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No. 9, September 2000
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Lucerne Festival
in 2000 when the article was added still called
International Festival of Music Lucerne 2000: Pierre Boulez, Christian Tetzlaff and the London Symphony Orchestra; Christoph Eschenbach, Vadim Repin and the Houston Symphony Orchestra; Haitink and the Berlin Philharmonic Orchestra
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The International Festival of Music Lucerne was created in 1938, the year Hitler marched into Austria. Due to the political circumstances, Switzerland became, for a few years, a safe-haven for a lot of artists who could or would not perform anymore in Germany or Austria. The Concert de Gala of the year 1938 was directed by Arturo Toscanini. He performed Wagner's Siegfried-Idyl which the composer had written in his house in Lucerne. In its more than 60 years of existence, the Internationale Musikfestwochen Luzern, as the festival is called in German, has become one of the leading events of classical music in the world. For its year 2000 edition, the organizers have published substantial programs, including a book of 460 pages with essays on the festival's guiding theme, metamorphosis, and on other subjects such as the anniversary of Johann Sebastian Bach and the composer's in residence, György Kurtág and Toshio Hosokawa, to whom another, 301-page book, is dedicated. The salle blanche, conceived for 1840 people by the acoustics specialist Russell Johnson and the French architect Jean Nouvel, who first wanted it blue and red, but changed his original plans after criticism by conductors against too much color, was inaugurated in August 1998. The acoustic are excellent thanks to the traditional shoe box hall-form with its its 1:1 relation of height to width. The insulation of the hall from outside noise is perfect. Not only for these reasons, the festival can live up to its ambitions and the prestige of its famous performing guests. By the way, the audience was excellent too. No cell phone ringing! What a pleasant contrast to Zurich's Tonhalle. The following article renders the impressions of three symphony concerts of this year's edition.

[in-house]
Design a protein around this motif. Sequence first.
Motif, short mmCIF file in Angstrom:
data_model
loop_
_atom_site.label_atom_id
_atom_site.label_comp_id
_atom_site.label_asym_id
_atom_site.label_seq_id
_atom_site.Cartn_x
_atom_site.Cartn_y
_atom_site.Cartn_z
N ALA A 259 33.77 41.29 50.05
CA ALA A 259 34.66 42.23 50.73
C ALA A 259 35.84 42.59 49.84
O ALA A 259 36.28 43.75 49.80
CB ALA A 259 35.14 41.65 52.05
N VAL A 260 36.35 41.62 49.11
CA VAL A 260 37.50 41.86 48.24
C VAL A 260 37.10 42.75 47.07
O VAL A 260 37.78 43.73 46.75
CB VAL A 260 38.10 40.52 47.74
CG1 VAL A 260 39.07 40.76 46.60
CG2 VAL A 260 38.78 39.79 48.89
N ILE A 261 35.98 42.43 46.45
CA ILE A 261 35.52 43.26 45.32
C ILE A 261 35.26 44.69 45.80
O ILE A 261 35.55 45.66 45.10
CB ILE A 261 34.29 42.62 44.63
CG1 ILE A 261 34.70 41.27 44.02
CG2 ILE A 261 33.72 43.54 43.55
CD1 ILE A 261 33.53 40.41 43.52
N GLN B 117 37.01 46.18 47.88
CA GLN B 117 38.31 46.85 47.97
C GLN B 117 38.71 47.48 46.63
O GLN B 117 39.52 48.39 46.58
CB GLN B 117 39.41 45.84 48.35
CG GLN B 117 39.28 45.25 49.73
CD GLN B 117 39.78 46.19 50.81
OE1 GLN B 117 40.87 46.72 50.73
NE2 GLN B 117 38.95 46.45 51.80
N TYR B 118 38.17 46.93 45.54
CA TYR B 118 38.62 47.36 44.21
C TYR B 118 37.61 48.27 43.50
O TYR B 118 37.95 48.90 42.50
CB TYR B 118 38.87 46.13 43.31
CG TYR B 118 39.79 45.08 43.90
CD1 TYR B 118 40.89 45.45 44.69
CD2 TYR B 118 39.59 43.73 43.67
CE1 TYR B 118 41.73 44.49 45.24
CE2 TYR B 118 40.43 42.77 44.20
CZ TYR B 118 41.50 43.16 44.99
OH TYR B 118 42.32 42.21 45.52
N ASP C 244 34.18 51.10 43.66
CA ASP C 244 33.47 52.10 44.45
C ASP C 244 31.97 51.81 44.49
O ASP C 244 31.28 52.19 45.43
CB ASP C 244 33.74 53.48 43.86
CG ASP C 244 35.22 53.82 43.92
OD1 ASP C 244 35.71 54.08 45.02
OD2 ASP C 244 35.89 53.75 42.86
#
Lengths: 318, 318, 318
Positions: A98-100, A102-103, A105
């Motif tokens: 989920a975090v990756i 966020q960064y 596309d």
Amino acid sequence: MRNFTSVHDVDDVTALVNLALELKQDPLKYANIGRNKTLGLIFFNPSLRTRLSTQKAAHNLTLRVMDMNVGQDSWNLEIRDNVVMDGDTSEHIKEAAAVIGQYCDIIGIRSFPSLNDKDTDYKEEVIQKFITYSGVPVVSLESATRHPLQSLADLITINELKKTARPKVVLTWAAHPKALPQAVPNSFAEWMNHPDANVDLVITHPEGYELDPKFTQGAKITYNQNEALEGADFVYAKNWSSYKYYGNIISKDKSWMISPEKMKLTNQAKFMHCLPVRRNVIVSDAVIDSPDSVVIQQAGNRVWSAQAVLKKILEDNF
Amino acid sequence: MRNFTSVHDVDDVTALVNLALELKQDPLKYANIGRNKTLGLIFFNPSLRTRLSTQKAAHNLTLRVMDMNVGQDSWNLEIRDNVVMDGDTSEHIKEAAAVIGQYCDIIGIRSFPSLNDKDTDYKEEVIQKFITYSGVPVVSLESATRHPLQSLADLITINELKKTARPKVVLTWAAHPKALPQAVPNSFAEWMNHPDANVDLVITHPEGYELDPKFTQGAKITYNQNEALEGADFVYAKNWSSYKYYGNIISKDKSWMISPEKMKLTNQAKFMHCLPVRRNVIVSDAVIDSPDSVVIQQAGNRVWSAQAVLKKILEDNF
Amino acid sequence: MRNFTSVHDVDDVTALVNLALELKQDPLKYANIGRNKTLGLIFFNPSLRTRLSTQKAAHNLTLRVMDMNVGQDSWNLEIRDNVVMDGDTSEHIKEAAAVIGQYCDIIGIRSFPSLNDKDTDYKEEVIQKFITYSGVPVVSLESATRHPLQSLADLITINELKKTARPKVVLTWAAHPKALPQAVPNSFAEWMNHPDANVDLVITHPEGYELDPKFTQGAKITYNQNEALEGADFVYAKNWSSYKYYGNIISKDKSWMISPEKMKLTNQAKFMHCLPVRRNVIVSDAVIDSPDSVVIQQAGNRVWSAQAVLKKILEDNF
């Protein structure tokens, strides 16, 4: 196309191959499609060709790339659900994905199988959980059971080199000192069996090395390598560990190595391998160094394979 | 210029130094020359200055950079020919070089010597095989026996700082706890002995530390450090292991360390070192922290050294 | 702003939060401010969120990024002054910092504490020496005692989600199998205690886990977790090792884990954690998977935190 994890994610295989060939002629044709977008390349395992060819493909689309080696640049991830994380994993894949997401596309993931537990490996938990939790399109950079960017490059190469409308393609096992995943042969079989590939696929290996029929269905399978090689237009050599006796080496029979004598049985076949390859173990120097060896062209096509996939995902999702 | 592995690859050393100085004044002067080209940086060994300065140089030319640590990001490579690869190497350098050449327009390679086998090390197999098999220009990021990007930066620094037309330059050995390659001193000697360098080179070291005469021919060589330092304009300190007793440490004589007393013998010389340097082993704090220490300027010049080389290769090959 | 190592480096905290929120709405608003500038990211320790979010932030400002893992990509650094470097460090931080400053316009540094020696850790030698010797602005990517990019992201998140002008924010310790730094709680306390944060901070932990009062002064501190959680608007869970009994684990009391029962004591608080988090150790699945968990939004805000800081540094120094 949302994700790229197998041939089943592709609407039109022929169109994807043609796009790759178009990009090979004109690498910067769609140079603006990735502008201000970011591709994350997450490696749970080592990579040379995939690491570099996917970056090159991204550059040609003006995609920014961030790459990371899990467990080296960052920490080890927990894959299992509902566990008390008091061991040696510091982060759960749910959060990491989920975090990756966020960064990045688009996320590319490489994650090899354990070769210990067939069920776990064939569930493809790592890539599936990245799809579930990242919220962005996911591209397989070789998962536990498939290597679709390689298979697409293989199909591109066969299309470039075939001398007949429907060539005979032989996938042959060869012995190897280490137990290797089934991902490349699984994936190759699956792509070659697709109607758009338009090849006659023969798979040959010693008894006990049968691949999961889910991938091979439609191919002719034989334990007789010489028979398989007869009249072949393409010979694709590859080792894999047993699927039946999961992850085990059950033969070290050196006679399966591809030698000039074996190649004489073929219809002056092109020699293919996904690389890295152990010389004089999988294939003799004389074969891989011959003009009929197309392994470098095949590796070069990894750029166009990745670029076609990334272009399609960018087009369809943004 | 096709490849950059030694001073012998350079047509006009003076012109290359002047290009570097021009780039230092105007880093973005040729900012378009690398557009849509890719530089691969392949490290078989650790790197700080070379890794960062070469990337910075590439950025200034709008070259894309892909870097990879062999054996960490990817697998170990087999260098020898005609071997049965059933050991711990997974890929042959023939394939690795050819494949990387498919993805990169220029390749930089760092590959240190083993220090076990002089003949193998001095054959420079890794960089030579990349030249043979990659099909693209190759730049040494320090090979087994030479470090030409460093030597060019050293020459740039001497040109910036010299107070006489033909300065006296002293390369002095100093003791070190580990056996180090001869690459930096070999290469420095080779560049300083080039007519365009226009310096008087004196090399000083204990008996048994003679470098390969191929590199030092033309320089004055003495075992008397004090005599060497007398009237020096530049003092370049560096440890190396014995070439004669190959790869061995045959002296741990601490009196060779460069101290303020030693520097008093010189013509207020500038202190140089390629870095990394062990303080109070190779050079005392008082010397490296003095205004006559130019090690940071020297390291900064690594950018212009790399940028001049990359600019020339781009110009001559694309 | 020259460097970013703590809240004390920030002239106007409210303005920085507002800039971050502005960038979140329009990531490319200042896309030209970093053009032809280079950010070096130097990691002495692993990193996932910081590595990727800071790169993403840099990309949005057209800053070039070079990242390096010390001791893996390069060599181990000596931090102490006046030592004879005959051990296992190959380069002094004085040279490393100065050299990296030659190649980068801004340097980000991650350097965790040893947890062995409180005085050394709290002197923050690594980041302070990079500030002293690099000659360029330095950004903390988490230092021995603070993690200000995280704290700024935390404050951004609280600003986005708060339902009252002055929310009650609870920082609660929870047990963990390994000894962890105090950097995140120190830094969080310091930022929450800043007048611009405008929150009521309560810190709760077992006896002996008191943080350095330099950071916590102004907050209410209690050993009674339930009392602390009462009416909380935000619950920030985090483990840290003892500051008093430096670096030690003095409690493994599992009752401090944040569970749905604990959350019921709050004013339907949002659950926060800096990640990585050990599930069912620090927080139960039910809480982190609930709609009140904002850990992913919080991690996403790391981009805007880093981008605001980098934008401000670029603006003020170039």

The London Symphony Orchestra, directed by Pierre Boulez and with Christian Tetzlaff, violin, August 20